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Foods: Calcium Tartrate and Treatment of Wine Waster-Waters

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    Tartaric acid (TA) is a byproduct of wine production. This organic acid and its salts are used in foods such as fruit jellies, preserves, jams, baked goods, and confections. TA is hardly metabolized and degraded by yeast and spoilage bacteria providing microbiological stability to foods that contain it. In addition to its use as antimicrobial and acidulant, TA and its salts are used as emulsifiers, leavening, and anticacking agents.[1] TA is also used in the beverage industry and has non-food uses in textile coloring, galvanizing, and mirror production.

    The increasing popularity in wine consumption in recent years has resulted in the increase of waste from wine making practices.[2] One liter of white wine generates the same amount of water pollution as 3 people in one day.[3] Waste-waters from wine production contain biodegradable compounds and fruit suspended solids; [4] their treatment is of great importance because their high pollutant activity. Moreover, waste treatment is of economic interest because the organic compounds present in waste from the wine making process can have value as additives, ingredients, and substrates in the food and pharmaceutical industries.

    Type of Waste Name Derived from Treatment[3]
    Waste derived from wine making
    Liquid/Sludge Vinasse



      Anaerobic digestion, ozonation, thermopilic   anaerobic digestion, aerobic biodegradation,   sequencing batch reactor, electrodyalisis, and   wet oxidation
    Solid waste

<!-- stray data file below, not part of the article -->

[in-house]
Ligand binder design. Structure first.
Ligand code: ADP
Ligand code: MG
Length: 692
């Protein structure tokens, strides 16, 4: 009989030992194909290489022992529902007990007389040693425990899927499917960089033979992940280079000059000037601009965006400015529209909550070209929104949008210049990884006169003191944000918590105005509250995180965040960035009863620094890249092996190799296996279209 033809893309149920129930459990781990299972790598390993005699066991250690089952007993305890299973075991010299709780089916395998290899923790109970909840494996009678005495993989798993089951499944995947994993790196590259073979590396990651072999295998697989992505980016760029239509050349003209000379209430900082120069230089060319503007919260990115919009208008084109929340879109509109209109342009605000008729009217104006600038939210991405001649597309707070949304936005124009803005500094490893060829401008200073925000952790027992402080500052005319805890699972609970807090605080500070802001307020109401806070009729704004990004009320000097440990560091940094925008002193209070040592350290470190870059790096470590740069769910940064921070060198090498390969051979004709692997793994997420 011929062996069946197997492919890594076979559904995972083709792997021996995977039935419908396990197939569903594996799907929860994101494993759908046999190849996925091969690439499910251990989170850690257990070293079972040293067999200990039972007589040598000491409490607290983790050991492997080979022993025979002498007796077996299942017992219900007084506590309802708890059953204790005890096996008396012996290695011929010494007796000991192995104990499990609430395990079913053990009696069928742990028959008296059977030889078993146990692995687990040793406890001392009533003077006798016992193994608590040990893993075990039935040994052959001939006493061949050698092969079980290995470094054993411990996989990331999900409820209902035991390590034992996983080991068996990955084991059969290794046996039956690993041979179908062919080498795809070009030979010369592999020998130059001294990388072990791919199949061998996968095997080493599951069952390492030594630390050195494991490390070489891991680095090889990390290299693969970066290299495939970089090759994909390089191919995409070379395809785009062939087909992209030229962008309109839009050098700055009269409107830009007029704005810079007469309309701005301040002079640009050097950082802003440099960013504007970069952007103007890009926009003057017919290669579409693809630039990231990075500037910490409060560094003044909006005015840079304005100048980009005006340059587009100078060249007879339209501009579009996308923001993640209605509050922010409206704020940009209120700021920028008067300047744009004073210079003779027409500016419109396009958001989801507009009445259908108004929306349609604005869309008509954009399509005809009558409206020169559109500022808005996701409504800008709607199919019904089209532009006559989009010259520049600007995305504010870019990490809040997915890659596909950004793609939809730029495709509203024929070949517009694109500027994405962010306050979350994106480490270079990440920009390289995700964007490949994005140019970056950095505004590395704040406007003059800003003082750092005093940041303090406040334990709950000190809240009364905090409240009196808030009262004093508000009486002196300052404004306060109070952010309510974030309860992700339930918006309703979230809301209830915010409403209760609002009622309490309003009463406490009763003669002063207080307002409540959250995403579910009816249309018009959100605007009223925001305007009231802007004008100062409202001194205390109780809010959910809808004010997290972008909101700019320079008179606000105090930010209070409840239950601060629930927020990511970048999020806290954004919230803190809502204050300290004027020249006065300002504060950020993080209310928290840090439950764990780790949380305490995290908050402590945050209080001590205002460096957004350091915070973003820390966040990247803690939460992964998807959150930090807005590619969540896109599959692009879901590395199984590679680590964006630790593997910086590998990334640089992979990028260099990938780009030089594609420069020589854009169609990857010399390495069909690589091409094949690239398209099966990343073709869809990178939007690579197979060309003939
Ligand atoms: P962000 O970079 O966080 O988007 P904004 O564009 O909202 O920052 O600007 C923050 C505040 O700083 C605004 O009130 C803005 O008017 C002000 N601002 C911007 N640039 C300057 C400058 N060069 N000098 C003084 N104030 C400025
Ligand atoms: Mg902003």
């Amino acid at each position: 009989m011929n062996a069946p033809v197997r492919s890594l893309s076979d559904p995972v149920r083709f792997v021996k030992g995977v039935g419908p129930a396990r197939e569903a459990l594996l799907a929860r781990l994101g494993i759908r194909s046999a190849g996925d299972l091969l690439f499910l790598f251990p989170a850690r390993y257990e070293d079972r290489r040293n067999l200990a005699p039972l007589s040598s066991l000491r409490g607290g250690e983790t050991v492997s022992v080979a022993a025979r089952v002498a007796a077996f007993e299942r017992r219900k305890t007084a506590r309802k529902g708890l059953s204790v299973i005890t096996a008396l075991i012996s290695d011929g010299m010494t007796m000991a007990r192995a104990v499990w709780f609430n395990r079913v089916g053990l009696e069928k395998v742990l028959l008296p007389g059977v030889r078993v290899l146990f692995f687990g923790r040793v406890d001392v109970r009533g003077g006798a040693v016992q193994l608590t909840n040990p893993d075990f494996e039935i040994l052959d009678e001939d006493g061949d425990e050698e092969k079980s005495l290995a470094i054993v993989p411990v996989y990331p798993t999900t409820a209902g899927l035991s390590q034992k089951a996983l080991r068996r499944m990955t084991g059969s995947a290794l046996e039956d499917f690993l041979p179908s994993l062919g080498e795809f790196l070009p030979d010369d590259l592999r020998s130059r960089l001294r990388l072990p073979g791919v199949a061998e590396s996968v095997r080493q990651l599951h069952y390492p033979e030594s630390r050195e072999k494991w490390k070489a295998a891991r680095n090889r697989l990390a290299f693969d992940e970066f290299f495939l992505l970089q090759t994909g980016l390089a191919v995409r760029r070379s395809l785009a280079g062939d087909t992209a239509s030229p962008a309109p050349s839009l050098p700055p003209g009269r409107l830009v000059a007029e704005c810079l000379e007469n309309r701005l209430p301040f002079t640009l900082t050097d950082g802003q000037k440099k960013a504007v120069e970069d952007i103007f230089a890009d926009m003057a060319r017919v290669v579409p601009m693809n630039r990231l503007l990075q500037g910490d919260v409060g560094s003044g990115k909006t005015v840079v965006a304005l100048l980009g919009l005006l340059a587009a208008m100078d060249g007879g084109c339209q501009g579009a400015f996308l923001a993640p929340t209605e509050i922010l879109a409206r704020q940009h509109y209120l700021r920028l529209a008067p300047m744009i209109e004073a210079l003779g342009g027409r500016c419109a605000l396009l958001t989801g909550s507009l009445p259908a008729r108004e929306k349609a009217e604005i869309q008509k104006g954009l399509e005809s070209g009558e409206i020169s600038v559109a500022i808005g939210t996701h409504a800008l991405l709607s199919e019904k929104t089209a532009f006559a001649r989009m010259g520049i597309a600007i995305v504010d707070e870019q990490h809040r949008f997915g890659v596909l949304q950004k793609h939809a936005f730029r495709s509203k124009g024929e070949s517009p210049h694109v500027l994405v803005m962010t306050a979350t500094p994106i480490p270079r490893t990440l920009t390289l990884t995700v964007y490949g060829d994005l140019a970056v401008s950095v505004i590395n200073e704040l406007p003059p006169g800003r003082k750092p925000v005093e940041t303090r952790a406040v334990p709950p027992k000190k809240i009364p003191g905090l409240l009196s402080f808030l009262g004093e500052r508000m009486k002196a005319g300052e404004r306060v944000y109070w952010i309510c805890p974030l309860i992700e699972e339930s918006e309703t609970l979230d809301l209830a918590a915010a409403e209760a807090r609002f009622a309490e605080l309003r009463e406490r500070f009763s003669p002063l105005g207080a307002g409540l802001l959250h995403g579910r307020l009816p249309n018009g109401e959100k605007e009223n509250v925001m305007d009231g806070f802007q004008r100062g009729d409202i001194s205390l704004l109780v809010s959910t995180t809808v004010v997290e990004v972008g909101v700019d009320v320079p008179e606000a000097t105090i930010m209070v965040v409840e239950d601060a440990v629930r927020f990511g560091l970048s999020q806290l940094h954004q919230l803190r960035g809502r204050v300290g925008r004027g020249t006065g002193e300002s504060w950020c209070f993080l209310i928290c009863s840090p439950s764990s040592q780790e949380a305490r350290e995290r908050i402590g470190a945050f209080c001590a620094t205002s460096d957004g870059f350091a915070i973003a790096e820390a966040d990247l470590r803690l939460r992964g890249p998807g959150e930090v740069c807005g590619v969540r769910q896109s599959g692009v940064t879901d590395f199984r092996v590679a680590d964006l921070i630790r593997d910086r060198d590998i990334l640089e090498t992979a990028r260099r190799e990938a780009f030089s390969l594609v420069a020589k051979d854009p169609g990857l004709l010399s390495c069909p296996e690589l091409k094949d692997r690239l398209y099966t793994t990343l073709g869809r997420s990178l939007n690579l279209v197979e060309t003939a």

Skin,   stalks,   and seeds  Combustion, solid-state fermentation,   incineration, composting, and pyrolysis.







      and yeast


    Tartaric Acid separated from grape juice

    Tartaric Acid crystals 

    The table above shows sources of waste in wine making as well as methods to treat them. A method devised by Rivas, et al. (2006) to treat distilled lees involves the reaction of tartaric acid with calcium-ions to form calcium tartrate. This salt of limited solubility is then redissolved with HCL to obtain TA. Upon removal of TA, the distilled lees can be used as nutrients for lactic acid bacteria (Lactobacilllus pentosus) for production of lactic acid.

    In the method described above, addition of calcium ions prompts the precipitation of calcium tartrate. Once tartaric acid is removed from the solution as tartrate, it will partially dissociate into calcium and tartrate ions establishing the following equilibrium with the solid salt:

    with the corresponding equilibrium constant


    If we designate as x the concentration of each of the ions, the concentration of calcium-ions at equilibrium is


    From which


    The concentration of calcium-ions at equilibrium is 8.77 x 10–4 mol dm–3. If now we increase the concentration of tartrate-ions, the equilibrium will shift to the left according to the Le Chatelier’s principle. More calcium tartrate will precipitate, decreasing the concentration of calcium ions. The decrease in concentration obtained in this way is often referred to as the common-ion effect.

    Similarly, if an excess of calcium-ions is added to the solution, the concentration of tartrate-ion will decrease. Since in this process we are concerned about removing as much tartaric acid in the form of tartrate as possible, addition of calcium ions in excess will minimize dissociation of calcium tartrate increasing its the yield.

    The solubility product can be used to calculate how much the calcium-ion concentration is decreased by the common-ion effect. Suppose we mix 10 cm3 of a saturated solution of calcium tartrate with 10 cm3 of concentrated sodium tartrate (4 M C4H6O6). Because of the twofold dilution, the concentration of tartrate will be 2 mol dm–3. Feeding this value into equation 7 from the solubility product section, we then have the result